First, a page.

I’d be interested in information about relapse rate. If a child has a propensity toward developing “medically managed” appendicitis, it better to just have the appendix removed than to have the patient risk relapses requiring repeat hospital visits for IV antibiotics and CT scans/ultrasounds?

Do you prescribe steroids to patients with acute low back pain? This study found no benefit in doing so. However, note that the study population was limited to patients with a “bending or twisting injury.” Patients were excluded if they had suspected nonmusculoskeletal etiology, direct trauma, motor deficits, or local occupational medicine program visits.
I’m still giving steroids for exacerbations of chronic pain and for radiculopathy.

Potential patients gone wild … Colorado man shot in emergency department parking lot after “confronting” police with a knife.
Lesson #1: Don’t run around in a parking lot wielding a knife
Lesson #2: Don’t use a knife to threaten a man with a gun

Speaking about guns … you know how the incidence of gun-related deaths is increasing over the years? Well it isn’t. A Pew Research study (.pdf link) shows that firearm homicides dropped by 50% and non-fatal firearm crime has dropped 75% between 1993 and 2010. 56% of people think that gun crimes have gone up in the past 20 years.
Wonder why accurate facts like this aren’t being publicized in the evening news?

Woman lays dead in a Paris emergency department for six hours before someone checks on her and realizes that she is cold. Unidentified French official is matter of fact about the death. “People die every day in the emergency room.”

Fortunately, marijuana is a harmless drug … NY Times reporter writes about how she laid in a “hallucinatory state” for eight hours and thought that she had died after eating a pot candy bar in Colorado.

More ideas from people who know little about the effects of the policies they create. Prohibiting people using food stamps from purchasing sugar-sweetened beverages “expected to” improve nutrition and drive down diabetes. And these authors just assume that everyone uses their food stamps legitimately.
I’m not going to pay for the entire study, but I’d wager that they don’t consider how often people misuse food stamps. Therefore the authors are putting invalid data into their calculations. It is not uncommon for people to act as “straw purchasers” of grocery items. I’ve had people offer to do it with me on more than one occasion. You have cash, they’ll purchase all your groceries if you give them half of the total cost in cash. Grocery stores will also purchase food for half of its retail value. I recall reading one article about how bottles of soda were used as a currency of sorts by people in a rural community with people filling up pickup truck beds with cases of soda and bartering the cases for money, cigarettes, and other items – but couldn’t find the article on a web search.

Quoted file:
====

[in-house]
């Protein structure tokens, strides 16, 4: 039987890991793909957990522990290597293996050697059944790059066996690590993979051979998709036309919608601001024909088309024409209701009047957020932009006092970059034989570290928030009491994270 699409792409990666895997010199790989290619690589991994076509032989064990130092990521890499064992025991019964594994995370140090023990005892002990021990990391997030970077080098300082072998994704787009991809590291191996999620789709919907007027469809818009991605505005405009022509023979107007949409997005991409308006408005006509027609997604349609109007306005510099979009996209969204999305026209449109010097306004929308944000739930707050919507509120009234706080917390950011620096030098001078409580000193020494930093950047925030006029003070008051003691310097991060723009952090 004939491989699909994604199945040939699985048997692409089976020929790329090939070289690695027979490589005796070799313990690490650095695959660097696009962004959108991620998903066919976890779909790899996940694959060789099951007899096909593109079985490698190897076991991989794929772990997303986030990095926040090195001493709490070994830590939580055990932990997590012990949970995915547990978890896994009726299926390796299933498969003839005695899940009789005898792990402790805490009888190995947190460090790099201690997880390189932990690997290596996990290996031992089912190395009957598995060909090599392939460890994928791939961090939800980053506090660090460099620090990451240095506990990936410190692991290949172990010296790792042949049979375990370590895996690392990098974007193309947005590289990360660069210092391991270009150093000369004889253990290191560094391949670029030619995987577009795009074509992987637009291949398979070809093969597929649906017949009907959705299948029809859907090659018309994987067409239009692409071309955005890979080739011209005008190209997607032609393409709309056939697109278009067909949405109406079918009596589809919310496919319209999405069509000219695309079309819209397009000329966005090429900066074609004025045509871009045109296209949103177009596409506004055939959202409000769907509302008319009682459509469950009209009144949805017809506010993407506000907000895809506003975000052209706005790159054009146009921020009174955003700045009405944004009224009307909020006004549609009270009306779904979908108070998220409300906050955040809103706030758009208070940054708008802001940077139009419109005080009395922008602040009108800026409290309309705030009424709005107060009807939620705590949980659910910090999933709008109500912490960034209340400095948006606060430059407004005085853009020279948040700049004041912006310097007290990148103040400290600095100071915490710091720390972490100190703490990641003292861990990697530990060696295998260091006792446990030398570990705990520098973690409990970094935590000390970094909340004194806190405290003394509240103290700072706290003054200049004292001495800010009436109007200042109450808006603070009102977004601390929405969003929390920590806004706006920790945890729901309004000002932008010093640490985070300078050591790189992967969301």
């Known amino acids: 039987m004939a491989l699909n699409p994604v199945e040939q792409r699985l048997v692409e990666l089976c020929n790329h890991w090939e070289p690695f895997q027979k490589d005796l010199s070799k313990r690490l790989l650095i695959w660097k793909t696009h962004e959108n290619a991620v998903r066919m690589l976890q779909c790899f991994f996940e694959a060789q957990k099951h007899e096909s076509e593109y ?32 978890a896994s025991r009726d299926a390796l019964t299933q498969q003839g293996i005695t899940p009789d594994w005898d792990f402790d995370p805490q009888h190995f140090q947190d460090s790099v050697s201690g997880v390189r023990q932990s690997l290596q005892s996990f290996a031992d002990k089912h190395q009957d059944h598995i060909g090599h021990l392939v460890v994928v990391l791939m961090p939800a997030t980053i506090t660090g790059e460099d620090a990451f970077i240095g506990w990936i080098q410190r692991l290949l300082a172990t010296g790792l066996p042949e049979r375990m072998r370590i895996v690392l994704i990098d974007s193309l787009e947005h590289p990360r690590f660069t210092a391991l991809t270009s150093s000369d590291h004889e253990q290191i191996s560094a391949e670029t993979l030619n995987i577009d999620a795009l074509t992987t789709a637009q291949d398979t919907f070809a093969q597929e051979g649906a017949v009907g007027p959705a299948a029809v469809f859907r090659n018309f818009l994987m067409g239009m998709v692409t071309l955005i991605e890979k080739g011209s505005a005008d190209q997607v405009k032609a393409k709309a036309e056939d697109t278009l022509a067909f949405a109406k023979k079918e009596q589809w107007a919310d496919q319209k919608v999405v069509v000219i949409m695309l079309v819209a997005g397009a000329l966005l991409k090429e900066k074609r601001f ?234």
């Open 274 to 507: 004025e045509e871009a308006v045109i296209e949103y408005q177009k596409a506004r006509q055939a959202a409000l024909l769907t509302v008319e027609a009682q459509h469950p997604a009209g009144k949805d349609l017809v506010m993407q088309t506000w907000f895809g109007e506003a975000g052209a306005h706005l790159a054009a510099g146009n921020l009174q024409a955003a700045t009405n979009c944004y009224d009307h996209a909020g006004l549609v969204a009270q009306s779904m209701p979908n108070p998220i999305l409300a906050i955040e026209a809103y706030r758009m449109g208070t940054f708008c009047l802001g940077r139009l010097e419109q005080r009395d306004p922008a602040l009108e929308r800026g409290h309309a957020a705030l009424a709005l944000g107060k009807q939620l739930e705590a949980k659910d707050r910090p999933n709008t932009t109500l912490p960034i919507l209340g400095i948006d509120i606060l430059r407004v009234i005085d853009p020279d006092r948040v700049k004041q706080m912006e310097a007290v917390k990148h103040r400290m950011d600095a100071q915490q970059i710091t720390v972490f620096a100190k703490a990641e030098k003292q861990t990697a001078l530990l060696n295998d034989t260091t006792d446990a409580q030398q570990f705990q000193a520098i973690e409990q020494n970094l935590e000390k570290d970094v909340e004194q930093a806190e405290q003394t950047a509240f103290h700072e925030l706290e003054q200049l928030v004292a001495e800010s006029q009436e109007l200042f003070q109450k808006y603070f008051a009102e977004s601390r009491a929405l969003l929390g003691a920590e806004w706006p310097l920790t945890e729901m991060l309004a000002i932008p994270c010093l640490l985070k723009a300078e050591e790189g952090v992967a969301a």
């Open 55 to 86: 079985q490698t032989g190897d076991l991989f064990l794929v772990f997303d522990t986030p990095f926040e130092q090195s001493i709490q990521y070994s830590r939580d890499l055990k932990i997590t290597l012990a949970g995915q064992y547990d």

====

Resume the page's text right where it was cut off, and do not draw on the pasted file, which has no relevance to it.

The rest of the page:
Who cares, though? The authors are now published in a reputable magazine. Their conclusions must be valid.

Chicago files lawsuit against world’s largest narcotics manufacturers accusing the drugmakers of concealing the health risks associated with taking pain medications.
Next up: Suing alcohol companies on behalf of alcoholics and suing fast food restaurants on behalf of overweight people.
Here’s hoping that the drug companies file a counterclaim against the City of Chicago.

Healthcare Update Satellite – 06-04-2014

Wednesday, June 4th, 2014

See more medical news from around the web at my other blog … DrWhiteCoat.com

Car crashes into VA Hospital emergency department in Boston. Elderly driver taken to emergency department … then put on a secret waiting list and will be seen within 2 weeks … if he’s lucky.

What happens when someone calls an ambulance in South L.A.? Same thing that happens in most other places in the country. The stories are the same, only the faces change.
Patient evaluated by EMS for dizziness, hard time breathing, chest pain. Paramedics arrive within 4 minutes. Symptoms resolve. Likely a panic attack. Patient wants ride to hospital anyway. Sits in the hospital with paramedics for up to 3 hours waiting for a bed to open up.
“In many cases people who live in low-to-middle-income neighborhoods like those served by Martin Luther King Jr. Community Hospital choose to take ambulance rides even when deemed unnecessary, all with the public picking up the tab.”